Some of the eminent Nigerians who passed on in the outgoing year include Chief of Staff to President Buhari, Abba Kyari; former governor of Oyo State, Abiola Ajimobi; renowned novelist Chukwuemeka Ike; an actor, Toyosi Arigbabuwo; basketball player, Peter Aluma; renowned highlife musician, Sir Victor Olaiya; first Catholic Bishop of Katsina-Ala, Peter Adoboh; popular actor, Kayode Odumosu (Pa Kasumu); power lifter and Paralympic champion, Ndidi Nwosu; former minister, Richard Akinjide; popular drummer, Tony Allen; renowned Reggae star, Majek Fashek; popular Yoruba actor Ogun Majek; Businessman Bode Akindele; Chief Judge of Kogi State, Nasir Ajanah; Nollywood actress Shafkat Bose Adewoyin; a medical doctor, Emeka Chugbo; a politician, Inuwa Abdulkadir; an actor, Jimmy Johnson; the first female combat helicopter pilot in the Nigerian Air Force, Tolulope Arotile; President Buhari’s close associate, Ismaila Isa Funtua; former Group Managing Director of the Nigeria National Petroleum Corporation (NNPC), Joseph Dawha; another ex-NNPC GMD, Maikanti Baru; businessman and former Senator Buruji Kashamu; former governor of old Gongola State, Wilberforce Juta; ex Nigerian international footballer, Ajibade Babalade; another footballer, John Felagha; University teacher, academic, artist and actor, Professor Ayo Akinwale; veteran actor, Pa Jimoh Aliu, as well as the Emir of Zazzau, Alhaji Shehu Idris.
Also dead in the course of the year were eminent literary giant, Professor JP Clark; publisher of Leadership newspapers, Sam Nda-Isaiah; former Catholic Archbishop of Kaduna, eminent businessman and billionaire, Harry Akande; Peter Yarikov Jatau, Sir Remi Omotosho, popular columnist, Gbolabo Ogunsanwo, another columnist, Dr Jimanze Ego Alowes, and professor of Criminology and member, Presidential Advisory Committee against Corruption (PACAC), Femi Odekunle, among others.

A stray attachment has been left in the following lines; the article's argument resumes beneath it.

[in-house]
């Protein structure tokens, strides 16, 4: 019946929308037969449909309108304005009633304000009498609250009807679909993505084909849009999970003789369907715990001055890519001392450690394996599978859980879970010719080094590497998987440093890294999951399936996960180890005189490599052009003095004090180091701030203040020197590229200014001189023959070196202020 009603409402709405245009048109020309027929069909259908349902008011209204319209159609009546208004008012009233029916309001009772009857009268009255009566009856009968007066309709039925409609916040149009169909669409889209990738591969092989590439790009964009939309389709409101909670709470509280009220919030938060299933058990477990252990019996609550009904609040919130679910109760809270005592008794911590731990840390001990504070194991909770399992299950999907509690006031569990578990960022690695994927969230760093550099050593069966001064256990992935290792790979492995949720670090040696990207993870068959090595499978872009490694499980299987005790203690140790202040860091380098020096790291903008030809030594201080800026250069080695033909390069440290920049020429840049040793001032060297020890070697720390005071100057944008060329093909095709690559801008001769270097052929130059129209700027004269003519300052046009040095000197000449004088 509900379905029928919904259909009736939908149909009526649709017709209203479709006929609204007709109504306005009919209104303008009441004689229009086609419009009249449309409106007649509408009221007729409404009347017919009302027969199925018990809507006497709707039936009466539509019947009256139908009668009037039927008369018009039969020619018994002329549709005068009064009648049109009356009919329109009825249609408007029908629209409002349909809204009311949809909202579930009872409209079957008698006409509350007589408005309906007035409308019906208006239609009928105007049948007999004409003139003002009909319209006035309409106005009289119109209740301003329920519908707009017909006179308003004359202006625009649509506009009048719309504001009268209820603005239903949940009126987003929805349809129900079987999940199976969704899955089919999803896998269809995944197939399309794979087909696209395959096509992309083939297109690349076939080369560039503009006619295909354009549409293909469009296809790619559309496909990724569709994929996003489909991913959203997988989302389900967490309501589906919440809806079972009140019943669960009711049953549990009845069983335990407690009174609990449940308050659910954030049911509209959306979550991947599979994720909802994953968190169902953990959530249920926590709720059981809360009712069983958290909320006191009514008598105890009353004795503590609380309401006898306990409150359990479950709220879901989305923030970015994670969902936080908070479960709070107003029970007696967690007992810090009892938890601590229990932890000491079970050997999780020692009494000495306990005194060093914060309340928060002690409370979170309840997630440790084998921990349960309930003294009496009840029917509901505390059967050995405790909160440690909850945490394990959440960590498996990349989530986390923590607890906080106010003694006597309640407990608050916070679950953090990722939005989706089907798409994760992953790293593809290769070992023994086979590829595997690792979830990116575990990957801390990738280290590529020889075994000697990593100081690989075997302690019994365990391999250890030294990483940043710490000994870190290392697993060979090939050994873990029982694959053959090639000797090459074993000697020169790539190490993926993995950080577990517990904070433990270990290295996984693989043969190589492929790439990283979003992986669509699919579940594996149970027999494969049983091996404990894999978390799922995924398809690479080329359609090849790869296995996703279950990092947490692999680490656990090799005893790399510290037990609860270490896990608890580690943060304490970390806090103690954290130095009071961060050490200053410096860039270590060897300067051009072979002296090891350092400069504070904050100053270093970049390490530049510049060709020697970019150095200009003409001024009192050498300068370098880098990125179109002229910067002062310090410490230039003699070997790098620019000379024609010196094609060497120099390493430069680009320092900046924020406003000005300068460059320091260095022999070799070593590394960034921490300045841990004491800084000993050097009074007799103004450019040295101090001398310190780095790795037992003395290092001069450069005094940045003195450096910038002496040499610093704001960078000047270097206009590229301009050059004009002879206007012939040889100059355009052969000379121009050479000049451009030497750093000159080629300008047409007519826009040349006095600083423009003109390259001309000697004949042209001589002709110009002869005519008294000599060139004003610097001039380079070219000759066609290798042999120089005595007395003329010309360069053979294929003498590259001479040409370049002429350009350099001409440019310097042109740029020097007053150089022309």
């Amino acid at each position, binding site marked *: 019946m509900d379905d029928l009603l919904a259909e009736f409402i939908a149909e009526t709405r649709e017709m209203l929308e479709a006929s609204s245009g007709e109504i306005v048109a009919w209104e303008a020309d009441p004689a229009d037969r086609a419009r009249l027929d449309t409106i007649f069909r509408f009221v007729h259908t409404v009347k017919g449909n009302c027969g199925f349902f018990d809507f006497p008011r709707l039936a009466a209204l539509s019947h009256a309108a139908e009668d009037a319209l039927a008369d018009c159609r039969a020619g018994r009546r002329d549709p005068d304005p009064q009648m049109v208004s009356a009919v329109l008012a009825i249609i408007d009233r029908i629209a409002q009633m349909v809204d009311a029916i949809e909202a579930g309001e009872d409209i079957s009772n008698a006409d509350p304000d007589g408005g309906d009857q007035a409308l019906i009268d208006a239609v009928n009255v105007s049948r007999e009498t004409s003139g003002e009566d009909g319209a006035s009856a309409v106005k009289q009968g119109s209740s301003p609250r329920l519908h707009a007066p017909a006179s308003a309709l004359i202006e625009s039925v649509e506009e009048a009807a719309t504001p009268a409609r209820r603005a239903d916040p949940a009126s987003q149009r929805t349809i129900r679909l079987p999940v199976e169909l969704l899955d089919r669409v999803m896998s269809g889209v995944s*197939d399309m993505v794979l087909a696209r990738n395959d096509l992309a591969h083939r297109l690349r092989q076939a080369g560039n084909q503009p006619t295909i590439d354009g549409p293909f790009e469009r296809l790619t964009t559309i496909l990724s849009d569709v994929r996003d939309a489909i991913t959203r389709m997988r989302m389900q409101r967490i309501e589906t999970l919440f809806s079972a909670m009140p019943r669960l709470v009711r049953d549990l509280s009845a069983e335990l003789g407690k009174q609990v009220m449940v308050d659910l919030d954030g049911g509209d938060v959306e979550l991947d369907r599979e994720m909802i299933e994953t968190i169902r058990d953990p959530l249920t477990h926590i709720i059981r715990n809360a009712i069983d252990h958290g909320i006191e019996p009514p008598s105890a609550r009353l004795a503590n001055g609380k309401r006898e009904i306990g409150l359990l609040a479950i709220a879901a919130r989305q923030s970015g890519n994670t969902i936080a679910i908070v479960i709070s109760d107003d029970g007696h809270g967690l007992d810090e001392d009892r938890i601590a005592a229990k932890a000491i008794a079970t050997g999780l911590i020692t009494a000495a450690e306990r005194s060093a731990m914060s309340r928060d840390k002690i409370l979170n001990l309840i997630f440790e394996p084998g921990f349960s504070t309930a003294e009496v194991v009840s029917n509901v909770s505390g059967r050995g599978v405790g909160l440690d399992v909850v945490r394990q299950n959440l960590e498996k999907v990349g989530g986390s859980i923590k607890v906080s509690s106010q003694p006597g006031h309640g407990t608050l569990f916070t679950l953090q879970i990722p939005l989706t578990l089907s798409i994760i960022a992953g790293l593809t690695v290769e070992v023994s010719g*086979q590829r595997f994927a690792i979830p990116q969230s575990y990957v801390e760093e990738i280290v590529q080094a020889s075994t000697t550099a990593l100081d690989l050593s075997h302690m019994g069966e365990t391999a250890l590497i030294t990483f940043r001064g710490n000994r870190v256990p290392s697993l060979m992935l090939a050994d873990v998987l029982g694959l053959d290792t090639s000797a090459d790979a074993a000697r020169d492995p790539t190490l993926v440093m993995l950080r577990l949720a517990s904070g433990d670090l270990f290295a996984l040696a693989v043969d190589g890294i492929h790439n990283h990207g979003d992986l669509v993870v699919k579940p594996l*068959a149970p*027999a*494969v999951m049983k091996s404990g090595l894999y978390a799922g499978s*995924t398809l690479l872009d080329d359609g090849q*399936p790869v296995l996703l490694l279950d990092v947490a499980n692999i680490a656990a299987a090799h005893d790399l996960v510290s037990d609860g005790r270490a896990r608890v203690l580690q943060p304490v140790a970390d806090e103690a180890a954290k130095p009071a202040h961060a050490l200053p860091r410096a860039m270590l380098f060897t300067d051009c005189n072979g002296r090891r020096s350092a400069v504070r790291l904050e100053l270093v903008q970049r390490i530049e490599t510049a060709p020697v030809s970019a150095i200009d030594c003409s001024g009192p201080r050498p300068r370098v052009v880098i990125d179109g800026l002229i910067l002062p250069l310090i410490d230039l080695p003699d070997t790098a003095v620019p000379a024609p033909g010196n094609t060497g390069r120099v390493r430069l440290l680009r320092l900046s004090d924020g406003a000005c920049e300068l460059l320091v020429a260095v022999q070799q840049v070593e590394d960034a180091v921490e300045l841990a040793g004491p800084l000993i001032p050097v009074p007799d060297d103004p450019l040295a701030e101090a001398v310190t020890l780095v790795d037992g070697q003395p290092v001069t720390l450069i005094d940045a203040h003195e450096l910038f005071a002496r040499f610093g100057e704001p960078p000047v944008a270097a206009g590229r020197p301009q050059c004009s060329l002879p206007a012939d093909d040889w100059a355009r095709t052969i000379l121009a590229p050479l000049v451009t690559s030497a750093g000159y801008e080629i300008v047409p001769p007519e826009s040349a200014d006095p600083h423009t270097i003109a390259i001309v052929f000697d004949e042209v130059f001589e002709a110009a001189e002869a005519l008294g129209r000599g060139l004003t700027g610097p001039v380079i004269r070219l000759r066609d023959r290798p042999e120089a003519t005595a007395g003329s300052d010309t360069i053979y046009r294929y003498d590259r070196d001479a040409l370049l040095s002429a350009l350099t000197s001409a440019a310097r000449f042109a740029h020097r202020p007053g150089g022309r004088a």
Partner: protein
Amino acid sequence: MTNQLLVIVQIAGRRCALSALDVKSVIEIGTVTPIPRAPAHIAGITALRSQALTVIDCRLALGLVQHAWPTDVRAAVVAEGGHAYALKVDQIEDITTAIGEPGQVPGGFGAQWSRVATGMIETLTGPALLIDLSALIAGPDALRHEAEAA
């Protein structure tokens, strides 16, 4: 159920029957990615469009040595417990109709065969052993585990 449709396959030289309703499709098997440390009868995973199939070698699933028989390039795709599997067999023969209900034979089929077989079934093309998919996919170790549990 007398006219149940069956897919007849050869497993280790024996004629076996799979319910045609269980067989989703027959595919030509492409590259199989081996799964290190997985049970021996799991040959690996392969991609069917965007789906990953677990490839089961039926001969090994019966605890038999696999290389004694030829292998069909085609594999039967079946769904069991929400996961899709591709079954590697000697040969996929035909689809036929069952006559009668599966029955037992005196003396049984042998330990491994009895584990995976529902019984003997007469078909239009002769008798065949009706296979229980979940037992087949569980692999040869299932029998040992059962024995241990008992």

EndSARS and looted palliatives
By October, the lockdown had been eased across the country, and many people were convinced that life was gradually getting back to normal.
But shortly after, several parts of the country witnessed another ‘lockdown’, as thousands of youth embarked on what they tagged the EndSARS protest. The promoters of the protest were young Nigerians seeking the disbandment of the notorious police unit known as Special Anti-Robbery Squad (SARS), as well as an immediate and lasting end to police brutality across the country.
Hoodlums soon hijacked the largely peaceful protest, following the alleged invasion of the Lekki venue of the protest by some soldiers. There were accusations of killings made against the soldiers, who denied shooting at protesters.
Shortly after the protests were hijacked, a regime of chaos and lawlessness was imposed upon the nation. Several public and private buildings were set on fire in many states and the belongings of occupants massively looted. Thousands of residents invaded state-owned warehouses where COVID-19 palliatives donated to the states by the Federal Government and the private sector were being kept, openly looting and carting away foodstuff and other items. In Lagos, more than 100 BRT buses were razed. Several police officers were also killed by the hoodlums.
Inspector General of Police, Mohammed Adamu said about 102 persons, including 37 policemen, lost their lives in the aftermath of the EndSARS protests
The Lagos State government has said it would require about NI trillion to rebuild the state following the arson and looting.
A trader who deals in fairly used laptops, Mr. Boniface Unachkwu, said 2020 brought hardship in generous doses to his family, adding that he saw hell while the lockdown lasted. He said being the breadwinner of his family, every member of his household suffered untold hardship when his business was crippled.
“2020 is one year that brought suffering to my business and by extension to my family. It has not been easy. We spent the little we had and business was no longer there to fall back on because markets were shut down.